The bottom plate 145 of the platen 142 is formed of rigid, high-temperature plastic such as the polyetherimide sold by General Electric under the trademark Ultem. In a preferred embodiment the bottom plate includes a peripheral frame 159 that surrounds the top plate 143 and includes a groove 161 into which fits the edge of the top plate (FIG. 7). The otherwise flat upper surface 157 of the bottom plate is interrupted with an array of cylindrical heater support posts 163 that project upwardly from the surface 157, Those posts are evenly spaced in an array of seven rows and five columns across the area of the bottom plate (one row of posts being depicted in FIG. 7).
The upper ends of each column of support posts 163 are bonded to the underside of an elongated substrate 165 that is part of a heater 170. In this embodiment, there are five such heaters 170. The heaters fit into correspondingly shaped grooves that are formed in the underside 153 of the platen 142 at spaced-apart locations across the width of the platen 142 as shown in FIG. 6.
The substrate of each heater is comprised of ceramic material. Upon the substrate is attached a resistive heating element 172 (FIG. 7), preferably formed of conventional thick-film resistive paste. The heating elements are terminated in contact pads 176 (FIG. 6), which, like the pads 76 of the earlier described embodiment permit the individual heaters to connect with and be controlled by a heater controller as explained above.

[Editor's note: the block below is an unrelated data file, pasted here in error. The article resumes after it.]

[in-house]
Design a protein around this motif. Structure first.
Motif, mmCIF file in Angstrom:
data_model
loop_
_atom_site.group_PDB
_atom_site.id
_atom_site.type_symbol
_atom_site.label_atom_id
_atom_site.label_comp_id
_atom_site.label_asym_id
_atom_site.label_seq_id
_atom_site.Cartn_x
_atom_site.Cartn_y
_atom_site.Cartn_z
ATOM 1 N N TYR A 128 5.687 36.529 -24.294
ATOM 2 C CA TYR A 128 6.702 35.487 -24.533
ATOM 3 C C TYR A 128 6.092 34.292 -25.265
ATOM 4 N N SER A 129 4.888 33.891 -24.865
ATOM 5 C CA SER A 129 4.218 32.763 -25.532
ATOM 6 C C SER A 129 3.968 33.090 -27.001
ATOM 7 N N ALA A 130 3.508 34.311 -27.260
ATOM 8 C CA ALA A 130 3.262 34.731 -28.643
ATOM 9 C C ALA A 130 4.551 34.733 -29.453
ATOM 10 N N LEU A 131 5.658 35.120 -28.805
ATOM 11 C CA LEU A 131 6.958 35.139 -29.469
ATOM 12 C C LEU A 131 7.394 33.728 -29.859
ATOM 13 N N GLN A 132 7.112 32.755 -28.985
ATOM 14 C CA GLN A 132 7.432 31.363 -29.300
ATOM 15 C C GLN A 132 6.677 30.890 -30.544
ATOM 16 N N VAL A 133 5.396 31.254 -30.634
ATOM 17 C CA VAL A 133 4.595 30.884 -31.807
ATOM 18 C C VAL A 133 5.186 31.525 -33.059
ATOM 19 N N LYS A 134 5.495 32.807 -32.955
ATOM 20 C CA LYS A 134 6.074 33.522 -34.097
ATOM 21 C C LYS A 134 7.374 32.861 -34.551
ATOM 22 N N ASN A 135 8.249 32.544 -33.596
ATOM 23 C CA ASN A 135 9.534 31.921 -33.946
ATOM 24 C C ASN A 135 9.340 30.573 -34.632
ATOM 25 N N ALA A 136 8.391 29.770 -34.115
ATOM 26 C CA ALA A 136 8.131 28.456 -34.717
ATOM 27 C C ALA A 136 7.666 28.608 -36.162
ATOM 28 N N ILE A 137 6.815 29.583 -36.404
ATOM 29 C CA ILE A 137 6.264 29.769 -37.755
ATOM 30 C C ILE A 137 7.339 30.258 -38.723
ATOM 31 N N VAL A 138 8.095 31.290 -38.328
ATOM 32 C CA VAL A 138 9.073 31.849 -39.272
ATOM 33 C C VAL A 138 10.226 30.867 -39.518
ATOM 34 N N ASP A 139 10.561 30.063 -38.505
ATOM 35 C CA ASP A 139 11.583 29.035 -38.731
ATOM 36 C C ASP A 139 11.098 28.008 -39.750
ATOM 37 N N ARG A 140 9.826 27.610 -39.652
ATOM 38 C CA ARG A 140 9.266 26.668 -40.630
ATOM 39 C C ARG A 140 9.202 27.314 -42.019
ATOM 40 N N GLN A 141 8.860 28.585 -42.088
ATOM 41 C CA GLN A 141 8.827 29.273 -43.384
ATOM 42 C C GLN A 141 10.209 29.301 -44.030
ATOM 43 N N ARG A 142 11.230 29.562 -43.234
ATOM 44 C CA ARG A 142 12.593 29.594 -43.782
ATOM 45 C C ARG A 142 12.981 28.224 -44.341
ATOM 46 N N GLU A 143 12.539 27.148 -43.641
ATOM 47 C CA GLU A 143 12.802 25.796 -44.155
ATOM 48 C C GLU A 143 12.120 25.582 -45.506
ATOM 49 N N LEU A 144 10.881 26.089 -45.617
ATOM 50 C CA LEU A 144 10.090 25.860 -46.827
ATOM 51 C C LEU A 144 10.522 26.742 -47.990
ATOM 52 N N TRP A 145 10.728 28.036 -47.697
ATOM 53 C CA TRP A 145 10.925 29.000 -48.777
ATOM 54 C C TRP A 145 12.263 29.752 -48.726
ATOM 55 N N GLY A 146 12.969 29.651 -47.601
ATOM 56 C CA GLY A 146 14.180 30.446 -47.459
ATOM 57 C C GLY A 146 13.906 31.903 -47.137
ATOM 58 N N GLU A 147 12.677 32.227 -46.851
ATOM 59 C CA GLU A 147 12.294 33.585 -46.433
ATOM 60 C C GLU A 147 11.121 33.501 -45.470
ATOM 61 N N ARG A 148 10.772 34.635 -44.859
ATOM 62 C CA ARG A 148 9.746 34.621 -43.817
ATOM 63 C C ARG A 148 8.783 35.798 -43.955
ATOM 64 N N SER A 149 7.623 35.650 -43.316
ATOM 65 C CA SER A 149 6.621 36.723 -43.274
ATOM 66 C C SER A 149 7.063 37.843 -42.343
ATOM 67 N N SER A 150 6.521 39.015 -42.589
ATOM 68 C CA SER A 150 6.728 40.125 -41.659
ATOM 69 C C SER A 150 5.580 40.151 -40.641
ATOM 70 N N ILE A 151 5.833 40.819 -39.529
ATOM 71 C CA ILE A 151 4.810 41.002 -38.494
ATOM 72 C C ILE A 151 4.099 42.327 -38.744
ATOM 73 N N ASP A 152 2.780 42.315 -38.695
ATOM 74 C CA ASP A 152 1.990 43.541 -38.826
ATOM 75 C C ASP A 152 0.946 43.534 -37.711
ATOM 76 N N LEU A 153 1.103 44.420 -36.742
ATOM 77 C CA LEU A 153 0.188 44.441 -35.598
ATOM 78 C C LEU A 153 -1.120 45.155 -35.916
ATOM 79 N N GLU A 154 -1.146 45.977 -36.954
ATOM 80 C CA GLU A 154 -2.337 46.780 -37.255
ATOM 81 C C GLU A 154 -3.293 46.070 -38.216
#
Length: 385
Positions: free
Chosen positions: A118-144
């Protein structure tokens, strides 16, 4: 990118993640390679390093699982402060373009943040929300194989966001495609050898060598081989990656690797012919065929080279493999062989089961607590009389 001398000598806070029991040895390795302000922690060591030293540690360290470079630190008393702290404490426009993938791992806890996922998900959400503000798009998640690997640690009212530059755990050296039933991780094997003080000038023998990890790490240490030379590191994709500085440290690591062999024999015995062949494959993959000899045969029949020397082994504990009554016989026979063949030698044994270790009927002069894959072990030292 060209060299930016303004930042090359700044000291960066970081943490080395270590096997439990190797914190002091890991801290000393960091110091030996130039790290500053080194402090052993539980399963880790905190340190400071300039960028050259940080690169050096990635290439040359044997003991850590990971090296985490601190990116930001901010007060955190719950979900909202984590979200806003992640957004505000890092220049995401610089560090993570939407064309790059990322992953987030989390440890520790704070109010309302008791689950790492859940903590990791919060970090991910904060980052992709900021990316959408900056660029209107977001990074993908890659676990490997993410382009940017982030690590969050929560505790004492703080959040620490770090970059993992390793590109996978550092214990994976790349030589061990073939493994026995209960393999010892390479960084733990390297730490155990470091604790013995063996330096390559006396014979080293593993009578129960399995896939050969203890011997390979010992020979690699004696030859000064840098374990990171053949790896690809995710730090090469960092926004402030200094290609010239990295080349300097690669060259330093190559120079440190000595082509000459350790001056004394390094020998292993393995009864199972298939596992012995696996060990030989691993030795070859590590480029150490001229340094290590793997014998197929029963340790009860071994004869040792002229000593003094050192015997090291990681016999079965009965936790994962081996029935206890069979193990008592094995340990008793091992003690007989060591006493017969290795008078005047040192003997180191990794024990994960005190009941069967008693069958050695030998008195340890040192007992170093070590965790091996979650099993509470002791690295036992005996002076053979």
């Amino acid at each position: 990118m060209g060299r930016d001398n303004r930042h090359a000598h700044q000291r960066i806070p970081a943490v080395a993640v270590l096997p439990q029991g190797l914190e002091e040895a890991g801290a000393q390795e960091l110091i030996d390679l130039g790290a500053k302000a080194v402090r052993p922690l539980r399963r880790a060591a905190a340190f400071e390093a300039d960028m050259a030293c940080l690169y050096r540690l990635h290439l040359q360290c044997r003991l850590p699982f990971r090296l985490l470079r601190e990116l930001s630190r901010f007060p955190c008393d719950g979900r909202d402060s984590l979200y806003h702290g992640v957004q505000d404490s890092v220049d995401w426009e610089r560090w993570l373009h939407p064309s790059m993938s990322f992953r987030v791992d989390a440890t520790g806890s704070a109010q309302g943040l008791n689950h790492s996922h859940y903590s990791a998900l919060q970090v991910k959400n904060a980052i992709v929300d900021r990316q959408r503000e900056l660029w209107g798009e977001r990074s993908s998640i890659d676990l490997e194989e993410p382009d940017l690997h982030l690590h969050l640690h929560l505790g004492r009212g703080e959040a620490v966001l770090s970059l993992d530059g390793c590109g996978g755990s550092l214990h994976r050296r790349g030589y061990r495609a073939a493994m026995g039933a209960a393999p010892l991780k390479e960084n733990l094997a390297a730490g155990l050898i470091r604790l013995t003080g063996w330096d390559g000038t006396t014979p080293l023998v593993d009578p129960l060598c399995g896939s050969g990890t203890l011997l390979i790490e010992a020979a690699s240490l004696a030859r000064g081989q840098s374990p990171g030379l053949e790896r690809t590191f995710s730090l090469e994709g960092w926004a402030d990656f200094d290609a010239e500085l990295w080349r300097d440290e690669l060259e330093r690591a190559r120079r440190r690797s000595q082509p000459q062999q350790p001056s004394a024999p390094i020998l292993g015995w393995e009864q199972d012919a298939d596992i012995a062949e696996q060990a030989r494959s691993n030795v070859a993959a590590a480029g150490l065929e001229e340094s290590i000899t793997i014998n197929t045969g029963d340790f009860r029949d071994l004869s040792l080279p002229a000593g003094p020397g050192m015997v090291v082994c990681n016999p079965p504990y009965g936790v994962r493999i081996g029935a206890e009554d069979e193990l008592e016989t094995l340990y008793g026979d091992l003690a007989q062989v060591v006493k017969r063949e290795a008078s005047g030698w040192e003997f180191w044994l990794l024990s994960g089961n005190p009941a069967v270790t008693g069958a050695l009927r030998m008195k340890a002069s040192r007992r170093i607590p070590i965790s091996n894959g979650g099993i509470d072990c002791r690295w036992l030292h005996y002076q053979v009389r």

One of the heaters 170 underlies the print region 228 (which functionally corresponds to the print region 128 of the earlier embodiment) in the platen surface 152, as shown in FIG. 6. In this regard, the posts 163 are sized so that the heating elements 172 of the heaters are pressed against the heat conductive top plate 143 so that heat is conducted through the top plate and to the transport portion 266 (FIG. 6) of a transport belt 260 that matches the construction of the above described transport belt 60.
In this embodiment, the belt 260 is driven to slide directly across and in contact with the support surface 152 of the platen 142 (that is, the heaters 170 are remote from, and thus do not protrude from, that support surface). Both the belt 260 and the support surface 152 are thus thinly coated with a layer of low-friction material, such as Dupont's polytetrafluoroethylene sold under the trademark Teflon.